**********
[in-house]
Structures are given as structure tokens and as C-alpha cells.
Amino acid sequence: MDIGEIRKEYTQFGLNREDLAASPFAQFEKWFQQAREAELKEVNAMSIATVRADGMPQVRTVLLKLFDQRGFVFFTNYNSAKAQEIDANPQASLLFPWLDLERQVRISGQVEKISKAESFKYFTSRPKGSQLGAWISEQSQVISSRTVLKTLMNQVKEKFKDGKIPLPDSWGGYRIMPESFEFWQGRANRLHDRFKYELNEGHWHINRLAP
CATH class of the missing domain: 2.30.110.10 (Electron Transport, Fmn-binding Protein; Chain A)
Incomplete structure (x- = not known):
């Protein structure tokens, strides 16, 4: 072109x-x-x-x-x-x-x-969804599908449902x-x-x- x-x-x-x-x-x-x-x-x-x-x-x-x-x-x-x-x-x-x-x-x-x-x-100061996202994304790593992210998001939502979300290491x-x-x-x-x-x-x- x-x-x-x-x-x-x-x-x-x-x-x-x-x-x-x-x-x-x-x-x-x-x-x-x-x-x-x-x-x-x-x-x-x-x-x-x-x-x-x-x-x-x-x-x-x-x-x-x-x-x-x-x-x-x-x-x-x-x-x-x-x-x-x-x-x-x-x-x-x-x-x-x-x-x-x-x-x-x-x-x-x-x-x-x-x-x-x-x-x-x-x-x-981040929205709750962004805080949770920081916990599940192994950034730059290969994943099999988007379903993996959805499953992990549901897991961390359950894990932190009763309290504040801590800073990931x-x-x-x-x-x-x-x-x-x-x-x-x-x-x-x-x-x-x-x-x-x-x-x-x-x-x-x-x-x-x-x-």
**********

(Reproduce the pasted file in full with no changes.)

[in-house]
Structures are given as structure tokens and as C-alpha cells.
Amino acid sequence: MDIGEIRKEYTQFGLNREDLAASPFAQFEKWFQQAREAELKEVNAMSIATVRADGMPQVRTVLLKLFDQRGFVFFTNYNSAKAQEIDANPQASLLFPWLDLERQVRISGQVEKISKAESFKYFTSRPKGSQLGAWISEQSQVISSRTVLKTLMNQVKEKFKDGKIPLPDSWGGYRIMPESFEFWQGRANRLHDRFKYELNEGHWHINRLAP
CATH class of the missing domain: 2.30.110.10 (Electron Transport, Fmn-binding Protein; Chain A)
Incomplete structure (x- = not known):
């Protein structure tokens, strides 16, 4: 072109x-x-x-x-x-x-x-969804599908449902x-x-x- x-x-x-x-x-x-x-x-x-x-x-x-x-x-x-x-x-x-x-x-x-x-x-100061996202994304790593992210998001939502979300290491x-x-x-x-x-x-x- x-x-x-x-x-x-x-x-x-x-x-x-x-x-x-x-x-x-x-x-x-x-x-x-x-x-x-x-x-x-x-x-x-x-x-x-x-x-x-x-x-x-x-x-x-x-x-x-x-x-x-x-x-x-x-x-x-x-x-x-x-x-x-x-x-x-x-x-x-x-x-x-x-x-x-x-x-x-x-x-x-x-x-x-x-x-x-x-x-x-x-x-x-981040929205709750962004805080949770920081916990599940192994950034730059290969994943099999988007379903993996959805499953992990549901897991961390359950894990932190009763309290504040801590800073990931x-x-x-x-x-x-x-x-x-x-x-x-x-x-x-x-x-x-x-x-x-x-x-x-x-x-x-x-x-x-x-x-």